Yellow-throated bush sparrow

The yellow-throated bush sparrow (Gymnoris superciliaris), also known as the yellow-throated petronia,[2] is a species of bird in the sparrow family Passeridae. It is found in south-central and southern Africa in its natural habitats of subtropical or tropical dry forests, dry savanna, and subtropical or tropical dry shrubland.

Yellow-throated bush sparrow
Petronia superciliaris
Scientific classification
Kingdom: Animalia
Phylum: Chordata
Class: Aves
Order: Passeriformes
Family: Passeridae
Genus: Gymnoris
G. superciliaris
Binomial name
Gymnoris superciliaris
Blyth, 1845
  • Petronia superciliaris


  1. ^ BirdLife International (2012). "Gymnoris superciliaris". IUCN Red List of Threatened Species. Version 2013.2. International Union for Conservation of Nature. Retrieved 26 November 2013.
  2. ^ a b "Petronia superciliaris". Avibase.

External links


Gymnoris is a genus of passerine birds in the sparrow family Passeridae. Three species are found in Africa while the yellow-throated sparrow ranges from Turkey to India.

The genus was introduced by the English zoologist Edward Blyth in 1845 with the yellow-throated sparrow as the type species. The name combines the Ancient Greek words gumnos "bare" or "naked" and rhinos "nostrils".There are four species recognized:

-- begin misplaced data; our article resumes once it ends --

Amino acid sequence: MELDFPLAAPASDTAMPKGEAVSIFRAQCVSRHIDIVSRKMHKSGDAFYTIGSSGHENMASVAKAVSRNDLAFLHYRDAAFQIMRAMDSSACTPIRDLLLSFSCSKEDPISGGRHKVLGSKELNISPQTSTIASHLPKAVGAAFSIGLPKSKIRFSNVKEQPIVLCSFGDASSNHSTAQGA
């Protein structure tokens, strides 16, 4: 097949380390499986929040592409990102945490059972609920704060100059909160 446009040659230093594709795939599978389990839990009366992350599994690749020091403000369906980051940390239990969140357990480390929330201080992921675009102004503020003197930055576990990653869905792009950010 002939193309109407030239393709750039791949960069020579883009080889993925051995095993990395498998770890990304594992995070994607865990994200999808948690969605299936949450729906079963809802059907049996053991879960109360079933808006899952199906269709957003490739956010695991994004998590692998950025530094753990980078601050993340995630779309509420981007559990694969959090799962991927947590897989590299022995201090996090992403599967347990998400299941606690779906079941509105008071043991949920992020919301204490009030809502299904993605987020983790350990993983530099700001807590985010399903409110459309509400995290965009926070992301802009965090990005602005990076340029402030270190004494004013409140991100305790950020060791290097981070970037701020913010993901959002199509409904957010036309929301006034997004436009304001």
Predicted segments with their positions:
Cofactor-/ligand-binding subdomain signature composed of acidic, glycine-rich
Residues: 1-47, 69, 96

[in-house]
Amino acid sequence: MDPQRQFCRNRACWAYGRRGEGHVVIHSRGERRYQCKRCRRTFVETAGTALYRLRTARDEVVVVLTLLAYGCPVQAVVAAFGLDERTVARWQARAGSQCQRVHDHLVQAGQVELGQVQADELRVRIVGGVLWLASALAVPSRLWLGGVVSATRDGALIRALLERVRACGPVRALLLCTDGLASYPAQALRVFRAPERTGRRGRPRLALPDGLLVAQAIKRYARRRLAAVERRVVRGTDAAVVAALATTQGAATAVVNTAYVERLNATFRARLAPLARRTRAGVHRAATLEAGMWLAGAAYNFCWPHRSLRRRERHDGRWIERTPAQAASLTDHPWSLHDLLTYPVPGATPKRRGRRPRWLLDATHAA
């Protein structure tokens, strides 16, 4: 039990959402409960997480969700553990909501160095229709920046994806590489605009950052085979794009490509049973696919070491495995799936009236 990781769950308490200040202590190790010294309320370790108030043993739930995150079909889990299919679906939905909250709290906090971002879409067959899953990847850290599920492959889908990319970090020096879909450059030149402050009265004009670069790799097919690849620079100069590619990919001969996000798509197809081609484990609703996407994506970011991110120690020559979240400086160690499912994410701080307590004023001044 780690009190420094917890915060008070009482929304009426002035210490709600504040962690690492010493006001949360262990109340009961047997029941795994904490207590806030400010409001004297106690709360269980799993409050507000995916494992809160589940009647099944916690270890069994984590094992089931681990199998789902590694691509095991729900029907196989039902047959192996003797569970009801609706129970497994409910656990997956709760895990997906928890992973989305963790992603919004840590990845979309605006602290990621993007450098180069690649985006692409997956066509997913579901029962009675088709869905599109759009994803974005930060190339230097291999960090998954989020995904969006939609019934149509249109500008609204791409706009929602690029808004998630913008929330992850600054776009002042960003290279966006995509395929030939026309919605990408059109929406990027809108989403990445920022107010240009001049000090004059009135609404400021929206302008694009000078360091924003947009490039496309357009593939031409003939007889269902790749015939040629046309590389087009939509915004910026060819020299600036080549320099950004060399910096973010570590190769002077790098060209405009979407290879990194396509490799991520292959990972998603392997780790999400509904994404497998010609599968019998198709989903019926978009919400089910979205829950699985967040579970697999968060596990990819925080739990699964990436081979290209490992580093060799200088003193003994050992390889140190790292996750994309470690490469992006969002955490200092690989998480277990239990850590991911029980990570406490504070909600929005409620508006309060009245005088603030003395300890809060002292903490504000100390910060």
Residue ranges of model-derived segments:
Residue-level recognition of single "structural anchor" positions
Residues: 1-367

These species are sometimes placed in the genus Petronia.


Sparrows are a family of small passerine birds. They are also known as true sparrows, or Old World sparrows, names also used for a particular genus of the family, Passer. They are distinct from both the American sparrows, in the family Passerellidae, and from a few other birds sharing their name, such as the Java sparrow of the family Estrildidae. Many species nest on buildings and the house and Eurasian tree sparrows, in particular, inhabit cities in large numbers, so sparrows are among the most familiar of all wild birds. They are primarily seed-eaters, though they also consume small insects. Some species scavenge for food around cities and, like gulls or rock doves will happily eat virtually anything in small quantities.

Sparrows (family: Passeridae)

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